October 2005 (Part 2)
SELECTION OF QUESTIONS AND ANSWERS
I am very proud of my Sifu for he shows us how good kung fu is without showing us anything. He lets us discover the depth of training never revealing to us what we are not ready for but at the same time giving us something new as soon as he deems us ready for it. After reading your book I have learned to appreciate these qualities and more about my Sifu.
However, I am a bit worried about the type of kung fu I'm studying. The Hoong Ka you mentioned and the Hoong Ka I came across on the Internet mention the tiger, dragon, crane, leopard and snake. In the kung fu I am studying the five animals are dragon, crane, snake, tiger but monkey instead of the leopard! Is this possible? Are there different types of Hoong Ka?
— Dr. Gauci, Malta
Congratulations for having a good kungfu teacher. Honour him and practice in a way that he will be proud of you.
You need not worry that in your style of kungfu the “five animals” are dragon, crane, snake, tiger and monkey instead of leopard. You did not mentioned that your style was also Hoong Ka, but presuming that it is, there is nothing wrong at all if your style has monkey instead of leopard in your system. This is certainly possible.
Yes, there are different types of Hoong Ka. Some emphasize the tiger and the crane, and pay little attention on the other three animals. Some emphasize only the tiger, especially the tiger claws. Some just focus on the fist.
Also we use belts to show rank in our school. I thought this was a Japanese tradition. Please enlighten me on these points.
Yes, this is a Japanese tradition. But some masters teaching traditional kungfu also use the belt system.
If your teacher finds the belt system useful, you should not have prejudice against it.
I'm sure you are wondering why I have not voiced these concerns with my Sifu. Well the truth is I have and he just answered me by saying “I don't know much about the history or types of kung fu. All I can tell you is that I know my kung fu is good and I am willing to show you if you are willing to learn”. I know that this answer is not what you would expect from a teacher but I know this to be the truth and because of my teacher's origins and background.
Your sifu gave an excellent answer. It is more impressive that he was honest; he did not try to cook up an answer.
You are mistaken. Your sifu's answer is one that I would expect from a good kungfu master. Indeed, kungfu warriors do not worry about the history of their style, what they are concerned is that their kungfu is effective. On the other hand, kungfu scholars talk about history and philosophy, but do not practice sufficiently.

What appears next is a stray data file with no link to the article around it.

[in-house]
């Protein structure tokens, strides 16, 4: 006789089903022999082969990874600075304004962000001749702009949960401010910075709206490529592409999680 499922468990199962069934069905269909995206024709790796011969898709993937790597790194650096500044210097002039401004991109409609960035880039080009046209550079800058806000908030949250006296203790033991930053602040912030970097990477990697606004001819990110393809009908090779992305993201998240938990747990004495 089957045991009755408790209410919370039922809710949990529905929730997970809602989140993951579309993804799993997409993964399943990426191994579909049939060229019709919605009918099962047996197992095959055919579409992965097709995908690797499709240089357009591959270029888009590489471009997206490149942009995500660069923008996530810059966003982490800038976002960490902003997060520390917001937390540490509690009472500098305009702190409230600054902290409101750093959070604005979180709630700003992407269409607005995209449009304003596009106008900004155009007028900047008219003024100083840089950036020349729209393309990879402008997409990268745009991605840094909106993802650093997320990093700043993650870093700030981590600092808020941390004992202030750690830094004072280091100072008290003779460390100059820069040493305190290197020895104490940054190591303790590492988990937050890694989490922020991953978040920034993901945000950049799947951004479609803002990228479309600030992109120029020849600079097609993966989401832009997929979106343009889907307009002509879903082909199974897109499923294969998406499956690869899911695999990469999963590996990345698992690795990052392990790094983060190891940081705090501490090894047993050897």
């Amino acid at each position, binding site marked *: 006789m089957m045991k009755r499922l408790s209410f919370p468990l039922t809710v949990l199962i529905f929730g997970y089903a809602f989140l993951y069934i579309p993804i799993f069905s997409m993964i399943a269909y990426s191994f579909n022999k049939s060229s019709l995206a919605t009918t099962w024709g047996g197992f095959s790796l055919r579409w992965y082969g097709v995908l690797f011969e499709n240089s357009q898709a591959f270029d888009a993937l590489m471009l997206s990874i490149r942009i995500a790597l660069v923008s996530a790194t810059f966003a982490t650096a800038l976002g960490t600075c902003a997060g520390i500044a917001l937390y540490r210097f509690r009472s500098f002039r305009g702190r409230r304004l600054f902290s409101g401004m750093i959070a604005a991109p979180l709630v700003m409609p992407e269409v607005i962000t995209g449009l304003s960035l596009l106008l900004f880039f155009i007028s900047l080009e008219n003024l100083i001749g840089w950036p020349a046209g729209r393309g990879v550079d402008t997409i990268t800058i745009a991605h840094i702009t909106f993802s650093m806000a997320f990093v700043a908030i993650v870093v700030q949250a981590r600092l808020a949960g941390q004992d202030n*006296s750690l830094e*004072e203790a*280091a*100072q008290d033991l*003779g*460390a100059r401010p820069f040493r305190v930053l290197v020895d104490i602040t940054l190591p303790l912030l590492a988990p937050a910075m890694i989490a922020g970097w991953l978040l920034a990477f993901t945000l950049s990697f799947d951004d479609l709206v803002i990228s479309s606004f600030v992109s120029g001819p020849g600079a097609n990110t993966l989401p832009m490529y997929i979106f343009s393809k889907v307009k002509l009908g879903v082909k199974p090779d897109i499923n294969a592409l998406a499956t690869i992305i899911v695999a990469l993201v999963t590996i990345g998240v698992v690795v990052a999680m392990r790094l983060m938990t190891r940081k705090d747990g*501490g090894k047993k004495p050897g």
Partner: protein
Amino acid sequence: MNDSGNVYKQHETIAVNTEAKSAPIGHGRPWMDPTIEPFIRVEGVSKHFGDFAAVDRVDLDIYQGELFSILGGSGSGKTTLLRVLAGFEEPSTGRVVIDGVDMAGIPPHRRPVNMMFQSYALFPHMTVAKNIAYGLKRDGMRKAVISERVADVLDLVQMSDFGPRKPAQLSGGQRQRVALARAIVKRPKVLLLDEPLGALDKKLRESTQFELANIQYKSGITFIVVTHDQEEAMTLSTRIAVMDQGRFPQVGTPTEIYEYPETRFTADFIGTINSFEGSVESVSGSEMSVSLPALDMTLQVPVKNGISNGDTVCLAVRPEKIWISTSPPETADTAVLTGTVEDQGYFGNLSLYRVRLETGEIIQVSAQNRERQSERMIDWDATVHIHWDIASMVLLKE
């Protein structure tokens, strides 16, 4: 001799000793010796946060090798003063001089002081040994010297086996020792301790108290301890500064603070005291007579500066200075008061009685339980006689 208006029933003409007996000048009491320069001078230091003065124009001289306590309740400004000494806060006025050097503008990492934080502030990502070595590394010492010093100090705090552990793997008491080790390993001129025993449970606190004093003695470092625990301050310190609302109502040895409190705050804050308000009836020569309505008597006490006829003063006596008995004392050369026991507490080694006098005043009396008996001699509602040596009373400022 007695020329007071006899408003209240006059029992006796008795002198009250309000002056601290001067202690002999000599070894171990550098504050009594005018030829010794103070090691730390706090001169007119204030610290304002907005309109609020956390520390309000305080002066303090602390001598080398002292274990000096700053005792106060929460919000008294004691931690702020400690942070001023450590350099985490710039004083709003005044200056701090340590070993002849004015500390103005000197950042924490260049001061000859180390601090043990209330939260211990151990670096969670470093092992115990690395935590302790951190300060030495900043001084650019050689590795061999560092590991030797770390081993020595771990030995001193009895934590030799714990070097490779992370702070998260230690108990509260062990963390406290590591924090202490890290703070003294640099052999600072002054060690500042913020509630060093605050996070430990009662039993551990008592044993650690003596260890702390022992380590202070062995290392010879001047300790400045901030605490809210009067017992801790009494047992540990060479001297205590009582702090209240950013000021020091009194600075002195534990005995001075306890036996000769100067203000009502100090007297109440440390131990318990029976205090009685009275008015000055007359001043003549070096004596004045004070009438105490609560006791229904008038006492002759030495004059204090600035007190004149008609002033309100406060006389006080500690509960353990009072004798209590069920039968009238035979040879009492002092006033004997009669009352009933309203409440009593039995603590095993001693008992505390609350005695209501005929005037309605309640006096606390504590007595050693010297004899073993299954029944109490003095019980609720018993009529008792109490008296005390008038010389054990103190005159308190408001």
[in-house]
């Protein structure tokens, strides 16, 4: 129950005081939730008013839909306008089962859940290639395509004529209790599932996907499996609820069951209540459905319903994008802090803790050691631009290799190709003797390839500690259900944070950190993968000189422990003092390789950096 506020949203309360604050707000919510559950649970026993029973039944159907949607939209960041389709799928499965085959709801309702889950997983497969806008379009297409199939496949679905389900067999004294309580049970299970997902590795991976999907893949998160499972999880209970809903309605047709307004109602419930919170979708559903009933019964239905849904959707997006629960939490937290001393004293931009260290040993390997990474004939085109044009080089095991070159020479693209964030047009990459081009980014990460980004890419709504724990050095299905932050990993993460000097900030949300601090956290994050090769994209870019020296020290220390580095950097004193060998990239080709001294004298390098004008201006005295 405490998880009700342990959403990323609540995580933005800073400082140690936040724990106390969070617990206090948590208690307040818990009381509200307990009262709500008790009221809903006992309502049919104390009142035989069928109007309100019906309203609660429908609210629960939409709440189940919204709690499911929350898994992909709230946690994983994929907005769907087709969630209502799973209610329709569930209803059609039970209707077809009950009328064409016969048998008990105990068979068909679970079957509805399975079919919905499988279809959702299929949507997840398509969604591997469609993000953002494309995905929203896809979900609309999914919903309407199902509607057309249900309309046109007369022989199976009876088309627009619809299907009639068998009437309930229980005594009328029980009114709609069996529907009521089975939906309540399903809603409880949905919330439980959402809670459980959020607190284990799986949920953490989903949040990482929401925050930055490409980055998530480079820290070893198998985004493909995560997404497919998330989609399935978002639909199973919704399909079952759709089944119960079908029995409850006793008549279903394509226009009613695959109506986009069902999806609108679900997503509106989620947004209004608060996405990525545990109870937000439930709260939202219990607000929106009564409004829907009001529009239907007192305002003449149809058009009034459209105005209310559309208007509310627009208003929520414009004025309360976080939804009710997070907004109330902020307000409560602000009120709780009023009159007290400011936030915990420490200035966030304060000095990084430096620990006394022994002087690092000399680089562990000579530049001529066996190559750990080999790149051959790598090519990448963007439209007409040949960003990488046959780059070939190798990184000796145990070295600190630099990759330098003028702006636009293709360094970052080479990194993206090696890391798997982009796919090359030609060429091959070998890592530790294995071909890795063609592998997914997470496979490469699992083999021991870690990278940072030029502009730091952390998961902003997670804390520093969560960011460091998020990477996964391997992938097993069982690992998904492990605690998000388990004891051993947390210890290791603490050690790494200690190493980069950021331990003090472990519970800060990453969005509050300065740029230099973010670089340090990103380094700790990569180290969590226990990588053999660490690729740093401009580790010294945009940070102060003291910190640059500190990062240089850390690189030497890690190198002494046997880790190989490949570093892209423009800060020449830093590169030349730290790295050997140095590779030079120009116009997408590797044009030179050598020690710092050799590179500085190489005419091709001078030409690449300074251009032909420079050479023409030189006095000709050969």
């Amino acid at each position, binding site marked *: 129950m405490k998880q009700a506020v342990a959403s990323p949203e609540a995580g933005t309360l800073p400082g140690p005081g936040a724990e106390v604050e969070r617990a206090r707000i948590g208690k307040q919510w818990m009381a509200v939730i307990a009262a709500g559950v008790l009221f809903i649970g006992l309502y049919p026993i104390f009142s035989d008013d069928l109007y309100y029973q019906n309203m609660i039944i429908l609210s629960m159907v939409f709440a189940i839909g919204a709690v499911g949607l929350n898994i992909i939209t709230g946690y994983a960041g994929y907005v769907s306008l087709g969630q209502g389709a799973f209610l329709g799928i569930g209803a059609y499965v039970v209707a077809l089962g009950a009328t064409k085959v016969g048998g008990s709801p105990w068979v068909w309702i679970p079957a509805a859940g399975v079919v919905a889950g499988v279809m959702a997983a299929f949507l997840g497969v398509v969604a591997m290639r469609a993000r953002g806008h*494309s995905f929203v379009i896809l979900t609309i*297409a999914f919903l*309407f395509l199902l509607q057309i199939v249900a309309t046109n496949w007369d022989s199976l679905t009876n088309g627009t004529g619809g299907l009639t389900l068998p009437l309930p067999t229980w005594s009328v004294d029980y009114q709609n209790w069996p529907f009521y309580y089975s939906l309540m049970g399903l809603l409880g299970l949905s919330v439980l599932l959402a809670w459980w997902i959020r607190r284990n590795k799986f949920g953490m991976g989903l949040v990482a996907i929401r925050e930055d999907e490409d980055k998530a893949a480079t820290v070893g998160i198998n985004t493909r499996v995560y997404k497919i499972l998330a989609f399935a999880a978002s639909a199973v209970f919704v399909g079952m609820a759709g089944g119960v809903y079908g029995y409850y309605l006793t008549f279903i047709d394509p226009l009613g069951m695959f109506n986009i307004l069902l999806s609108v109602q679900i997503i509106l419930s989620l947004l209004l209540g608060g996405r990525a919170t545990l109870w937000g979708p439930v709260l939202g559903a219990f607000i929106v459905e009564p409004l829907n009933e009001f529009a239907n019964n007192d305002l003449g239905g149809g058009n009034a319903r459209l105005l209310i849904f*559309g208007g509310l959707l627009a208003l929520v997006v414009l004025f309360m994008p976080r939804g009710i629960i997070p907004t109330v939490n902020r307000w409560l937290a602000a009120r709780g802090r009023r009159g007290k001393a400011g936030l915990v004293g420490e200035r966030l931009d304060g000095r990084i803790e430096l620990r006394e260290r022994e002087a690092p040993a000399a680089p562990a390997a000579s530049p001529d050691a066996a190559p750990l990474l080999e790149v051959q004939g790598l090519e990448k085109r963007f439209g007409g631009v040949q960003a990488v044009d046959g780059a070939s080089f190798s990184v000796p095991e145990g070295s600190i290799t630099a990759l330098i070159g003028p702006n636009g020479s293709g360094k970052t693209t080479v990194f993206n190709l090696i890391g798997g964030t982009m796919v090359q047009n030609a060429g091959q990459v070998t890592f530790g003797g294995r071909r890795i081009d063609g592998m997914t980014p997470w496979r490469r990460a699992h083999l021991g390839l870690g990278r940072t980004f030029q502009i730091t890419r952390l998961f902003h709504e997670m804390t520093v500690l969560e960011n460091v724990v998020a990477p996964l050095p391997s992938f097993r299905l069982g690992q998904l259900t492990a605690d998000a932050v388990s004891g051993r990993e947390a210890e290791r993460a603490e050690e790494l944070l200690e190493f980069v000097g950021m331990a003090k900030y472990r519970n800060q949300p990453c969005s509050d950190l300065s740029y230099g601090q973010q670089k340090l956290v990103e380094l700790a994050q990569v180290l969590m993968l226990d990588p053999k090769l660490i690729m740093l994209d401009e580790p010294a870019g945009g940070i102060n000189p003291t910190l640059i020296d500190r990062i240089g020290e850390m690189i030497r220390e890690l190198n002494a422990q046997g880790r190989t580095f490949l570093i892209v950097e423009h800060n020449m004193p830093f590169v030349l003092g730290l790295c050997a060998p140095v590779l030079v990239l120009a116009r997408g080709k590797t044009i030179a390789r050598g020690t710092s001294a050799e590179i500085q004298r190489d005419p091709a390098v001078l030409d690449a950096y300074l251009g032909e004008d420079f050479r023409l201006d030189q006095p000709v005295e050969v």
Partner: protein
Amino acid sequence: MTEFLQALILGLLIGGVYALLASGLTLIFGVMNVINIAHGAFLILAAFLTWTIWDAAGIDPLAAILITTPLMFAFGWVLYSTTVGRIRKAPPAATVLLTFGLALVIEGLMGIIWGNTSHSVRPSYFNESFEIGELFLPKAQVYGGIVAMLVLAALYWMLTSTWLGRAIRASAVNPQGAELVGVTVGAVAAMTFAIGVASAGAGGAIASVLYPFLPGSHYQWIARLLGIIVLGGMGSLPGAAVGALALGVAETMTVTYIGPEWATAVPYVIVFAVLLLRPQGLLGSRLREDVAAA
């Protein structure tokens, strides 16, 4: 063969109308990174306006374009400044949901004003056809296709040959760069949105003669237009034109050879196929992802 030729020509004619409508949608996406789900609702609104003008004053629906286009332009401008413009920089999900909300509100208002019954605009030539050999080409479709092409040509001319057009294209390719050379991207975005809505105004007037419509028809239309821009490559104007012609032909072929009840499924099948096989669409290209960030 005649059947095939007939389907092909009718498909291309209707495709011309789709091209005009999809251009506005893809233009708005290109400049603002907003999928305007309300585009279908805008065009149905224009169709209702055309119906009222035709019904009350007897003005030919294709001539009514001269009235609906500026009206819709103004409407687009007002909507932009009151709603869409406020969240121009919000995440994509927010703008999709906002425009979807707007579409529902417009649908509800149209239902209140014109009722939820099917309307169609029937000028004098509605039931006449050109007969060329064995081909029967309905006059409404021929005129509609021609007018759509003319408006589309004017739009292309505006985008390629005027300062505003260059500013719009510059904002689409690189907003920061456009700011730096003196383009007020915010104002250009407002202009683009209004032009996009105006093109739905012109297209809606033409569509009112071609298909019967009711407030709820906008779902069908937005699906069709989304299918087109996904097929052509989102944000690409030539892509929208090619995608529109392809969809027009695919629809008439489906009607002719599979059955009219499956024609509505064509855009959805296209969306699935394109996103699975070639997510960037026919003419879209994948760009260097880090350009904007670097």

Today is my first Nan Quan lesson. Can you give me advice on what to be careful while learning Nan Quen, like possible injury?
— Su Yee, Malaysia
A common injury many wushu students sustain is hurting their knees. Nan Quan, or Southern Fist, is one of the seven established forms of wushu. This is because as wushu is mainly performed for demonstration, many instructors ask their students to bend deeply in their stances, especially the Bow-Arrow Stance and the False-Leg Stance. This is beautiful to watch but is bad for the knees. If you wish to bend deeply to have beautiful stances, one way to prevent knee problems is to rotate your knees after each practice session.
Rub your palms to warm them, place the palms on your knees, bend them slightly and rotate about 30 times one side, and then 30 times the other side. Then drop your hands on your sides, stand upright and be relaxed, and keep still for about 5 minutes. If you start to sway or move, just follow the movements spontaneously. This is one of the exercises in Shaolin Eighteen Lohan Hands, and is called “Spiritual Crane Rotates Knees”. It is effective for preventing and overcoming knee problems.
What health benefit does Nan Quen or wushu bring to us
Nan Quan, which literally means “Southern Fist”, is a form of wushu. If you practice it correctly, you will be agile, flexible, fit and have better stamina. Your movements will also be elegant.
My adult son has some psycho-neurological problems. I would like him to be examined and treated him with methods of Chinese medicine. Could you get me information where I can do this? And how many time does it take approximately? And how much does it cost?
— Yuri, Russia
You should send your son to a good doctor of traditional Chinese medicine. If you cannot find one in your country, you may consider finding one in China. Perhaps you can write to some hospitals using traditional Chinese medicine in Bejing or Shanghai.
How long the rreatment will take, and how much does it cost will depend on numerous factors like how series is your son's problems, how effective is the treatment, and how much the doctor prices his skills. You will have to negotiate these with the doctor.
What is referred to as psycho-neurological problems in conventional Western medicine is referred to as problems of the “heart” in traditional Chinese medicine. “Heart” here means the mind, and refers not just to the mental but also the emotional and the spiritual.